Accessibility Features Every Teacher Using Apple Products Must Know About

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In today's post we are highlighting the various accessibility features Apple products provide for its users. Not all teachers using these products are fully aware of these features depriving thus their students of important learning possibilities. As Apple itself states "the true value of a device isn't measured by how powerful it is, but by how much it empowers you". To help you tap into the full potential of Apple's assistive technology and make the best of it in your instruction, we are sharing with you these great resources from Apple explaining the numerous accessibility features built into their products. These features are organized into five main categories: featured, vision, hearing, physical and motor skills, learning and literacy. Click on each of the links below to access the resources.
Source: https://www.apple.com/accessibility/mac/


1- Accessibility Features built into Mac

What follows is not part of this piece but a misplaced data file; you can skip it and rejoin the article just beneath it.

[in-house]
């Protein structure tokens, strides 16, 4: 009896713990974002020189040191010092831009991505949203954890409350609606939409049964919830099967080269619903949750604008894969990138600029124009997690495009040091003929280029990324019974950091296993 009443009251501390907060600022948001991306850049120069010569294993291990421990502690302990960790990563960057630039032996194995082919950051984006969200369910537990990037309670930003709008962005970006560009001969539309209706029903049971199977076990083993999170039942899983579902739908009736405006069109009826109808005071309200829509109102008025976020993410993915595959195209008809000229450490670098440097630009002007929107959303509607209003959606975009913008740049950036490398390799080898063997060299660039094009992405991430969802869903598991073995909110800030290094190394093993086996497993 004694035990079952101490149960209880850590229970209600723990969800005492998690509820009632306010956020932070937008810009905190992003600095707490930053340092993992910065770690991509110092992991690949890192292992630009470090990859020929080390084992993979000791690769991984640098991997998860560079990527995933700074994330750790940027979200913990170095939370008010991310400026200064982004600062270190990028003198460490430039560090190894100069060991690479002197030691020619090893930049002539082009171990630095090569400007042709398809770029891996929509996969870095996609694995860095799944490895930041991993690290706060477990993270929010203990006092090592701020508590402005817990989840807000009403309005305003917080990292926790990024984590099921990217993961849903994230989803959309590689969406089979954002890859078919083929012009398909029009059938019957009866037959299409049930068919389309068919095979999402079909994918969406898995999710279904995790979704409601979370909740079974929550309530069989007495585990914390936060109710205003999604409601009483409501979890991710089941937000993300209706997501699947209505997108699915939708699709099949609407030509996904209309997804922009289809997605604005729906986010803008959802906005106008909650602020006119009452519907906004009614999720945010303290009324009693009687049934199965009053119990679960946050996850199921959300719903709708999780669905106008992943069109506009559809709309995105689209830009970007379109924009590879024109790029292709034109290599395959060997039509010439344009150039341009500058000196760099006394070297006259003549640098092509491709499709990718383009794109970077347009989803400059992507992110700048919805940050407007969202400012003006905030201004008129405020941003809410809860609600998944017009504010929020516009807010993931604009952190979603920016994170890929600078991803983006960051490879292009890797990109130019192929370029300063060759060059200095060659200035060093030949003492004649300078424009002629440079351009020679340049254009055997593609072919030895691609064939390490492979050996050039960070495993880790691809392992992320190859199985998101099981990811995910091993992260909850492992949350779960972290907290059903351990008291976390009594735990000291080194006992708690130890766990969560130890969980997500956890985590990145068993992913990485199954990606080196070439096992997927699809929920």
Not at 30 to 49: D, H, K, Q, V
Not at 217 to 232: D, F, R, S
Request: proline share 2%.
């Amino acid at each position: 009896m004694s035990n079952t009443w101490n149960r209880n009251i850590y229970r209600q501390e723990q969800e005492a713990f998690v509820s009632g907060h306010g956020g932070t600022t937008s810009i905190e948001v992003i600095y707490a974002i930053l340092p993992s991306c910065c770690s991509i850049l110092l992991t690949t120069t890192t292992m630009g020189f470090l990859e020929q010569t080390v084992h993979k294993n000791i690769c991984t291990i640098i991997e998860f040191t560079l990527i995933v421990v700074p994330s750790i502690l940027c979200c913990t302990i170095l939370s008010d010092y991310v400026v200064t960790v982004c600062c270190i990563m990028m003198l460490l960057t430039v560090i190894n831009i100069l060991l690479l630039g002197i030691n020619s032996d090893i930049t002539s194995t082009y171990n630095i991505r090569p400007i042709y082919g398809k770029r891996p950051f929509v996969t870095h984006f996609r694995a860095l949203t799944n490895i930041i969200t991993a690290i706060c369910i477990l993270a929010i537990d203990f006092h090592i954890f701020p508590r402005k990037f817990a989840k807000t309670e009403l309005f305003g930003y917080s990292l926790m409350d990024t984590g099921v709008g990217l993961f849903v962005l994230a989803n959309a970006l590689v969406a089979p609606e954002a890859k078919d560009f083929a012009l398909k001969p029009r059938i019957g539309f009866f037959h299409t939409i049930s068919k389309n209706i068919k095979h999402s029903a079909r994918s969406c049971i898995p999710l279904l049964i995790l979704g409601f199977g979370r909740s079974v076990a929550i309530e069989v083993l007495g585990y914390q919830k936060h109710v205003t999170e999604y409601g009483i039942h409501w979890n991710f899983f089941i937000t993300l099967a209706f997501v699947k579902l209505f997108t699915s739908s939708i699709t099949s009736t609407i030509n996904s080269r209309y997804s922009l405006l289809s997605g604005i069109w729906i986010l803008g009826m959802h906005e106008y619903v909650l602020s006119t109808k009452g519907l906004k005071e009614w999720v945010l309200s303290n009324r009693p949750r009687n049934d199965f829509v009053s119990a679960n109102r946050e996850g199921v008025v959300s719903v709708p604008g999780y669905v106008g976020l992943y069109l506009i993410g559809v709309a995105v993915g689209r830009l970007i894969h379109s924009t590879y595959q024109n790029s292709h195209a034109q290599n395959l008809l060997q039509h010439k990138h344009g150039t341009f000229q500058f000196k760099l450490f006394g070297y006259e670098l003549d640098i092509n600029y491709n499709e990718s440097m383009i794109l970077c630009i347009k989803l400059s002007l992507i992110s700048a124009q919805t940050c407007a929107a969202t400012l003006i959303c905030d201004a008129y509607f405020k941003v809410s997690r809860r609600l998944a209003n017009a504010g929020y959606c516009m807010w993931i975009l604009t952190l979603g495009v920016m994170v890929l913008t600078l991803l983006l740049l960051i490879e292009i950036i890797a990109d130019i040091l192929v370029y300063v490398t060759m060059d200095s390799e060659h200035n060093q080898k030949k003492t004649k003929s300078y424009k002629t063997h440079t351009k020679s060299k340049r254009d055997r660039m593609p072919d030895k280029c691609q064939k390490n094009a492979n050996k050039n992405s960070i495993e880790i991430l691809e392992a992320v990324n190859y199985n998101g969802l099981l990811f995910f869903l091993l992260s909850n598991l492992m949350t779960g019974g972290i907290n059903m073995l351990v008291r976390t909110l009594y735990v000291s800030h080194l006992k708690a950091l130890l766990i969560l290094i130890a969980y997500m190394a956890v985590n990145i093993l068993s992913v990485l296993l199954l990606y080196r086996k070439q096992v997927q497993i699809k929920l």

"Edit a video without using a mouse or trackpad. Build a presentation without seeing the screen. Or track down important files for your next project with just your voice. Because Mac is designed for everybody to create amazing things."

2- Accessibility Features built into iPad
"Powerful assistive features are built into iPad to complement your vision, hearing, motor skills, learning, and literacy. So you can create, learn, work, play, and do pretty much anything you want to do, wherever you want to do it, more easily than ever."

3- Accessibility Features built into iPhone
"The world’s most personal device was designed for every person. So a person who’s blind can take group selfies. A person who’s deaf can call Mom from overseas. And a person who can’t move from the neck down can send text messages to friends."

4- Accessibility Features built into Watch
"Apple Watch tracks your daily activity, measures workouts, and encourages healthy routines. And because it’s built to be accessible, you can get accurate fitness tracking however you move, feel a gentle tap when it’s time for a meeting, or hear a text message read aloud."